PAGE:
Logansport Pharos-Tribune from Logansport, Indiana on May 27, 1957 · Page 9
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Logansport Pharos-Tribune from Logansport, Indiana · Page 9

Logansport, Indiana
Issue Date:
Monday, May 27, 1957
Page 9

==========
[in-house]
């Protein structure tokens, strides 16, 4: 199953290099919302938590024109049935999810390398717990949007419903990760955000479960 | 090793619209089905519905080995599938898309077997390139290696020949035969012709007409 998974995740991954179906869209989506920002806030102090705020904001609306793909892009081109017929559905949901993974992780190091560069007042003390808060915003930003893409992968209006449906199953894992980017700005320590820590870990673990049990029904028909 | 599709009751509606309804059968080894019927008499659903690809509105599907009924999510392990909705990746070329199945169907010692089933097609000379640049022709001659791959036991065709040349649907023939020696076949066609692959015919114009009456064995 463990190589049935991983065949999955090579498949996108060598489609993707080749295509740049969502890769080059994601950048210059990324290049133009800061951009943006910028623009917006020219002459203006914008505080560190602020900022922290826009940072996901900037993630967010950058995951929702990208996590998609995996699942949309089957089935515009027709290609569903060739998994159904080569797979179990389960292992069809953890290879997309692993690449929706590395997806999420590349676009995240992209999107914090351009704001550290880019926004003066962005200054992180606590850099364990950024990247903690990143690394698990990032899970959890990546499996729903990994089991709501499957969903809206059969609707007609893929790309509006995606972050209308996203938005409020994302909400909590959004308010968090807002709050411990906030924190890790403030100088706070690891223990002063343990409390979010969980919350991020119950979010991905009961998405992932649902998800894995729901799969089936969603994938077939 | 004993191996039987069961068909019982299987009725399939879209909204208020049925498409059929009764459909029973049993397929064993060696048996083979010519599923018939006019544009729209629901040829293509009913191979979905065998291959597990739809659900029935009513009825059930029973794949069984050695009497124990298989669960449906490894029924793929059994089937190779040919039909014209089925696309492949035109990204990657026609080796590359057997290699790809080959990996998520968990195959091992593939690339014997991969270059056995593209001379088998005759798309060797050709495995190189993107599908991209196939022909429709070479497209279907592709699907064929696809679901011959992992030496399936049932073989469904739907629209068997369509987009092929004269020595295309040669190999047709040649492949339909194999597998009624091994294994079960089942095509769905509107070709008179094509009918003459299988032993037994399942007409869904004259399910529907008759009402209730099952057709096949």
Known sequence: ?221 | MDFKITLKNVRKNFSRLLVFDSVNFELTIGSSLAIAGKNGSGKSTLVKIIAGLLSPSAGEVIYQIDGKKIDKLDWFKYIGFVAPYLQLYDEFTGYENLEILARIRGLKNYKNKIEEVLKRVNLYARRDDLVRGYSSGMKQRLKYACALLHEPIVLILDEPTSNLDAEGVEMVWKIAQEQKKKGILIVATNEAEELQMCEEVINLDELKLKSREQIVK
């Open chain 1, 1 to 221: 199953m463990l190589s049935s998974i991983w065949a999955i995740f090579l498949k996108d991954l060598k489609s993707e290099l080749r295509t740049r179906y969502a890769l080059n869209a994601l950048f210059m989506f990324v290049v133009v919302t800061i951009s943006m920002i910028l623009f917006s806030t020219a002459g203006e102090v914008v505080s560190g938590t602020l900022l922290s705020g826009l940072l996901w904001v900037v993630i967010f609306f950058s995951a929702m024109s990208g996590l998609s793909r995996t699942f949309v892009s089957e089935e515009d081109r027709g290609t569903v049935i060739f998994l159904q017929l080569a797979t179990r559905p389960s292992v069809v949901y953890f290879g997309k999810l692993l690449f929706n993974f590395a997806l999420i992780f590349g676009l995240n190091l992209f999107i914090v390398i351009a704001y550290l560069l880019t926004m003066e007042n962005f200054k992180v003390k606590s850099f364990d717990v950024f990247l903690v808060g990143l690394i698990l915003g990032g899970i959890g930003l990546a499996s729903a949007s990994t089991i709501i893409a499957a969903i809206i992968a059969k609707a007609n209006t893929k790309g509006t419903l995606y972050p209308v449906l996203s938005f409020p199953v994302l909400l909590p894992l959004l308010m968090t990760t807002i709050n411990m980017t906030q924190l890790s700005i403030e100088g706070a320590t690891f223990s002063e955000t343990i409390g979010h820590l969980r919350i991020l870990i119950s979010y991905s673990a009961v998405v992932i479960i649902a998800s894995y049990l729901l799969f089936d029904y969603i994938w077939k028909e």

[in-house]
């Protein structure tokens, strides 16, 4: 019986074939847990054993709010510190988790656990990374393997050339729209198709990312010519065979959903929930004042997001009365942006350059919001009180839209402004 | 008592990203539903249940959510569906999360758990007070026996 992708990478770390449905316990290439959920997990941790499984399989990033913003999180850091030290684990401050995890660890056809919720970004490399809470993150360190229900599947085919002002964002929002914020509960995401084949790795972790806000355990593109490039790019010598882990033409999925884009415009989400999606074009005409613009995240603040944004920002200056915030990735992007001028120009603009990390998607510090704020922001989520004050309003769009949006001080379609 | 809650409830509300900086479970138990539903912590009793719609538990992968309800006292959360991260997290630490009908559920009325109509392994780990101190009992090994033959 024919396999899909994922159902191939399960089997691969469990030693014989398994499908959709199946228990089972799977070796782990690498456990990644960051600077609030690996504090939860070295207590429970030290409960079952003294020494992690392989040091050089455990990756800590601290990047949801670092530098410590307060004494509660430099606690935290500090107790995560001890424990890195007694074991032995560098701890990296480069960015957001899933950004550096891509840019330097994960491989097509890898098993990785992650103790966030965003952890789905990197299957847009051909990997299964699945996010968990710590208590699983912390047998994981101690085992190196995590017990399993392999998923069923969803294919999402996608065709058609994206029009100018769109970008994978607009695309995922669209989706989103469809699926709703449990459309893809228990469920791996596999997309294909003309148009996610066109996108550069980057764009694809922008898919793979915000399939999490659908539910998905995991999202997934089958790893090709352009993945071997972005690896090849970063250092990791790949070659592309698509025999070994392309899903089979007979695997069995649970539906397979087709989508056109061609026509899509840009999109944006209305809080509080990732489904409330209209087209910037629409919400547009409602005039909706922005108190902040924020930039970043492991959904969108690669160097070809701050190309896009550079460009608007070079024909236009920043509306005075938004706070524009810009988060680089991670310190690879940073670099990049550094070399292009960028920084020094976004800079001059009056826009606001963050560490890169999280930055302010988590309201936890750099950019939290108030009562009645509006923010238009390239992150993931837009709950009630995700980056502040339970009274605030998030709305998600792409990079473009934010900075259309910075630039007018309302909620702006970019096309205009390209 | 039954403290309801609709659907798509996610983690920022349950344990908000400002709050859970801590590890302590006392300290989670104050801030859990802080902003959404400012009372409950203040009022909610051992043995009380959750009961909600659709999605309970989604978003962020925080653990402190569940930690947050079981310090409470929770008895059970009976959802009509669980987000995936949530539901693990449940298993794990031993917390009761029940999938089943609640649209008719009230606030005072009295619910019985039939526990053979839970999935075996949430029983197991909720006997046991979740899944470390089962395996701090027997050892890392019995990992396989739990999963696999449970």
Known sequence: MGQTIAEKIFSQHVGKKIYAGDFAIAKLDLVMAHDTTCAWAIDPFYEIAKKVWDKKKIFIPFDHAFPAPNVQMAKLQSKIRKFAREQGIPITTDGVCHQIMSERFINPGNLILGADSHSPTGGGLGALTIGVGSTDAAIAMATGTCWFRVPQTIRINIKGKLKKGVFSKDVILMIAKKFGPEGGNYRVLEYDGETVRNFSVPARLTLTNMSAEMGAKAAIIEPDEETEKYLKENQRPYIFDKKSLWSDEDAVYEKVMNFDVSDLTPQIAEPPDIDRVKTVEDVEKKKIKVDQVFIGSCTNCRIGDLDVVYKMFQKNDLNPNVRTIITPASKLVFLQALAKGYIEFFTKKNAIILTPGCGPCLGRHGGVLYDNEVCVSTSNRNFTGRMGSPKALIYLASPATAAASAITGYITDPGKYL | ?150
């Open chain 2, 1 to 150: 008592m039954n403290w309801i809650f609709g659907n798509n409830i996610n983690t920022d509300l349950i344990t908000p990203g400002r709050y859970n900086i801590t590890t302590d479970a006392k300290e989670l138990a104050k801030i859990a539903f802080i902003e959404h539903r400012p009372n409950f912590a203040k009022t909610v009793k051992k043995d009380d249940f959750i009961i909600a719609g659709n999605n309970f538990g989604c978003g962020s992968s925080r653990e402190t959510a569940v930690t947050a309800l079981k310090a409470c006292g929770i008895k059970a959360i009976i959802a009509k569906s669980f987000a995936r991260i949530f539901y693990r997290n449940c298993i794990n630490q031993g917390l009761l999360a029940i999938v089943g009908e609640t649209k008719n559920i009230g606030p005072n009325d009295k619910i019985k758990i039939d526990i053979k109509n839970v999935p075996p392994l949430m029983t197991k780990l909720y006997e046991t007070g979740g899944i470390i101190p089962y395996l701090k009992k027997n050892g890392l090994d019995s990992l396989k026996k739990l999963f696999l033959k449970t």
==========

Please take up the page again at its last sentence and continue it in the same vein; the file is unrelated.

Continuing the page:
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Monday Evening, May 27, 1957, Fast-Growing Australia Hard Hit by Inflation SYDNEY—Inflation has hit Australia with the wallop of a kangaroo kick right where it hurts the most—in the pocketbook. Bank economists list present living costs at 130 per cent higher than in 1945, compared to a 75 per cent increase in Britain and a 50 per cent raise in the United States. The average Aussie knows little and cares less about bankers and their adding machine statistics, but the spectre of inflation now shadows him through all his waking hours. Any attempt to get by on his 1950 budget would change living in Australia today to a mere existence. The average "bloke" or wage-earner would only be able to half fill his morning tub because of increased gas and electricity rates. The cost of the traditional steak- and-eggs Australia brea'kfast would leave him with just the eggs and some onions on the plate, at today's prices. Today's Australian can ride only one mile on the buses, streetcars and electric trains for the money that formerly carried him two and three miles. Due To National Growth This creeping inflation, with its ever-rising cost of living, is the price Australia pays for national growth. ployer battle the vicious cycle of higher wage-higher costs-higher wages. In the past 12 months, food and groceries have gone up another 10 per cent, for instance. Rents, already up by 40 per cent since 1950, went up eight per cent. Some Figures Official figures, however, often grind down the facts into "average" figures, which the average man finds difficult, if not impossible, to match with his paycheck. Take rents, for example. Where pegged by official control, they may even be under the 48 per cent above the 1945 figure, in some cases. But for the person who hits Sydney now and wants to find a two or three-room flat, the price starts at $22 a week for the lucky ones and goes up to $24 or more. The same furnished flat would have been available for Sll to S13 in 1950. Cold statistics also don't mean as much to the wage-earner as the more than doubled electricity, gas and phone bills. Postage rates have just recently gone up for the third time in the last seven years. And just to make it a little more difficult for those who depended on overtime earnings, em- players are paying less and the less overtime. The average man today general- Australia now has 25 per cent ly makes at least $40 per week, more people than it had at the compared with $20 in 1950; the average woman, $33, compared end of World War II. This means larger physical output in both primary and secondary industries. Never before has there been as with $22. For the above-average, expanding production has created, a new much money and labor spent on! "executive class." drawing $06 per public works, factory building and week and rising to $110 and over, new industries. There has been, Bigger firms have not yet come greater capital investment on the'to the stage of Japan's padded ex- nation's farms and sheep stations— Pensc accounts, but frequemtly In machinery, buildings and pas-| provide their up-and-coming jun- ture, plant and livestock improve-'ioc executives with a car, and in ment. ! many cases with assistance in buy- All the same, this better "na->8 a home to solve the housing tional" picture leaves the wago-|P r ° bl c' rl earners unimpressed. Their salar-j les creep up with "basic wage"! hikes, but never catch up with the; heavier expenses involved in the mechanics of living. j Australia took its worst inflation j Jump in 1951—vhen the Korean War shot wool prices to record highs. With too much money Hear Rumors Of Possible Manila Riots Precautions Taken to Prevent Demonstrations By Chinese Population MANILA (TIP)—The U. S. Embassy today took precautions against mob violence when it received reports that Manila's big Chinese population planned to stage anti-American demonstrations against the embassy. Most Filipino and American authorities here doubled that the threatened demonstrations actually wouM be carried out since they might trigger anti-Chinese feelings among the pro-American Filipino population. U.S. Minister Horace Smith said •he was confident the "duly constituted authorities" in Manila could handle any outbreak of Chi. nese anti - American demonstrations should they occur. Embassy Reveals Plans A spokesman at the- Chinese Nationalist Embassy here told the United Press that "certain sectors" o[ the 70,000 Chinese popiiis- tion here had planned demonstrations against the Americans. The demonstrations would be "in sympathy" with Chinese on Fonmosa who ripted last week against Americans in Taipei and wrecked the U.S. Embassy, the USIS headquarters and attacked U.S. Army headquurtors. Several Americans were injured in the demonstration which the Chinese Communists and Soviet Russia promptly seized upon for propaganda material in Southeast Asia. Routine Precautions Smith toici the Uniied Press of the precautions after learning of plans for Chinese demonstrations against the embassy and other Eugene Blastic, junior at Rose District Beekeepers Meeting Set June 1 The Northwest Indiana State Beekeepers Association meeting will be held on June 1 at West High school, 5 miles southwest of Plymouth -on road 17 from 9:30 a. m. to 3 p. m. There will be a basket lunch at noon, Paul Champ, of Twelve Mile, is vice president of the Beekeepers Association. Mrs. Paul Champ is president of the Hoosto Honeys which is the ladies auxiliary of the Beekeepers Association. In addition to a program for the oeekeepers there will also be a program for the ladies. A honey cookie contest open to anyone .who will be present at the meeting, will be held. Prizes will be given for plain and fancy cookies which must contain some Logansport, Indiana. Pharos-TriOune Nln« NOT CROSS-EYED ANYMORE Poly Institute School of Tcchni- honey. chins, has been awarded a $600 scholarship by an Ohio manufacturing company. Blastic was also elected president of Blue Key fraternity and president of American Association of Engineers. He is the son of Mr. and Mrs. Joseph Bias- lie, of Winamac, formerly ot Logansport. (Pharos-Tribune Photo-Engraving) American buildings. He desdribed the precautions as "routine." The Chinese.Embassy said demonstrations had been urged by some sectors of the local Chinese community but said Ambassador Chen Chi-Mail had urged '.hem lx> call them off. The demonstrations were first planned on Saturday. There was no undue alarm at the embassy or at the Manila •municipal police headquarters. Manila's Mayor Arseni'o Lacson .had warned the Chinese community earlier he would not tolerate any Chinese demonstrations here. Read the Classified Ads around, the cost of living jumped I to 70 per cent above the 1945 fi«-| ure. At that time Britons were tightening their austerity belts against a 40 per cent rise in living costs, while Americans only faced an over-all rise of 12 per cent. Those are over-all eost-of-living figures, according to the economists. Individually, some items have risen much more than 130 j per cent. This applies to essential! Items like food and transport. I Worse still, the trend remains! uncurbed as.government and em IT'S TIME TO REGISTER FOR THE SUMMER TERM School Ii m toition all wmmer Day and evening claitoi. Call In porion, write, or phono. Our co I logo offlco !i opon daily from 8 to 4 and on Saturday mornings until noon. Votoran ap- orovod. Indiana Business College Barnos Office Bfdg. Logansport Sadie K, Craery, Mgr. NOTICE In observance of Memorial Day and by authority of Robert L. McMahan, commissioner of Motor Vehicles, our branch WILL BE CLOSED Thursday, Friday and Saturday, May 30-31 & June 1 WE WILL BE OPEN MONDAY, TUESDAY & WEDNESDAY (ALL DAY) May 27-28-29 from 8 AM to 4 PM AUTO LICENSE BRANCH Ada Arnold, Mgr. RUBBER STAMPS Made In Our Own Plant 2-DAY DELIVERY CHRONICLE PRINTING CO. 417 Market Ph. 4362 Read the Classified Ads PUGNACIOUS PICKPOCKET NEW YORK (UP) — Trying to handcuff a pickpocket Sunday, subway policeman Adam Miller was: Bitten on the thumb. Hit on the head with the handcuffs. Clubbed with his own nightstick. Miller then fired one shot and missed. The suspec'. fled with 'he handcuffs dangling from one hand. ,_^ MRS. A. C. FRANKS watches over three o£ hsr sons in Kansas City, Mo., after their operations to correct crossed eyes. They are (from left) Paul, 7, Warren, B, and Gary, 3. A fourth, now 14 months old, will undergo the operation later. The operations were sponsored by Heart of America Kyc clinic. (International) VACATION 1955 Cadillac 4-dr. 62. Beautiful blue color interior to match. Clean as new. Ask L. J. about this used Cadillac. Powlen Sales & Ser. Broadway At Third heads agree: Calvert tastes better Clear-headed men prefer the Calvert taste. The reason? Every drink, every bottle is dependable, constant in taste and quality! Calvett Nothing finer in American taste CALVEIIT DIST. CO., N.Y.C. 4/S OT. AMERICAN BLENDED WHISKEY 155 J - J4 pr. 86 PROOF 65% GRAIN NEUTRAL SPIRITS WANT OUT OF DEBT? Let Credit Counselors arrange to get you out of debt on payments you can afford. REGARDLESS OF HOW MUCH YOU OWE. No Security or Endorsers Needed- One and Only Ono Place to Pay,, CREDIT COUNSELORS OF LOGANSPORT Opon Duily 9 to 5. Except Wail and Sat. III! On*. ' 4O1 Born«> Building Phono 2750 KRESGE'S «•» Coo/, tanning styles in FLOWER-FRESH COTTONS 2 98 'O a.J W • Crisp cottons, some Everglaxo® • Pastel florals and solids • Quick V tasy to wash—iron Tan with pleasure this summer in Krcsgc's easy-care cottons. They're pastel- pretty with scoop necks and no sleeves . . . for maximum sunning! A breeze to iron, of course. Trims of sparkly rhincstoncs, mock-pearls for dress-up. 422 Broadway SEE US FOR YOUR- WEAR ABO UTS DESIGNED FOR A HAPPY HOLIDAY Here you will find everything in wearables to complete the picture of your holiday pleasure. Come in, see, choose! MEN'S SWIM TRUNKS Styles in Plain, Fancy Pcrttorn, Ivy League, Reversible. Boxer Style $1.49 to $2.98 Brief Style BOYS SWIM TRUNKS ALL STYLES 98c to $1.89 $1.98 '•=225 BOYS "V SHIRTS Plain colors . . . bright rod AQ_ or navy blue VOC Fancy stripes -JQ « Q« Sizes 2 to 16 /VC & 7OC SPORT SHIRTS MENS CASUALS Loafer or Tie, a neat dress style, with deep set action soles. Smart open weave fcvbric breathes in cool air . . . "on the go" Cushioned insole. Brown. Small Boys CANVAS OXFORD $1.98 Navy, Sizes 6 to 10 Girl's I Strap CANVAS SUPPERS Red, blue $2.69 $4.49 MEN'S LEATHER SANDALS Composition sole Cork sole $4.49 Children's Barefoot Sandals $1.69 Sizes 9 to 3 LADIES CASUALS Loafer style, built in arch cushion. Navy Ball Band Summerettos $4.45 to $4.95 Man's short sleeve Ivy League $1.98 . $2 98 Gingham, Linens, Fancy Prints, Broadcloths $1.49 to $2 98 Boys' Short Sleeve Sport Shirts In plaid ginghams, prints, Ivy League $1.19 .$1.98 Men's Knitted Sport Shirts In tricot jersey, combed cottons, plain or <(• | Qft frn QQ fancy 4> I .70 to <f Z.7O Large assortment from which to choose. Boy's 100% Orion Knitted Shirts :et fronts n colors $2.98 With colors, two button placket fronts. Machine washable. Beautiful plain colors — Scarlet, Maize, Navy and Powder Blue S. S. KRESGE COMPANY THE KELLER Co. "The Store For Values" — 503 - 505 Broadway —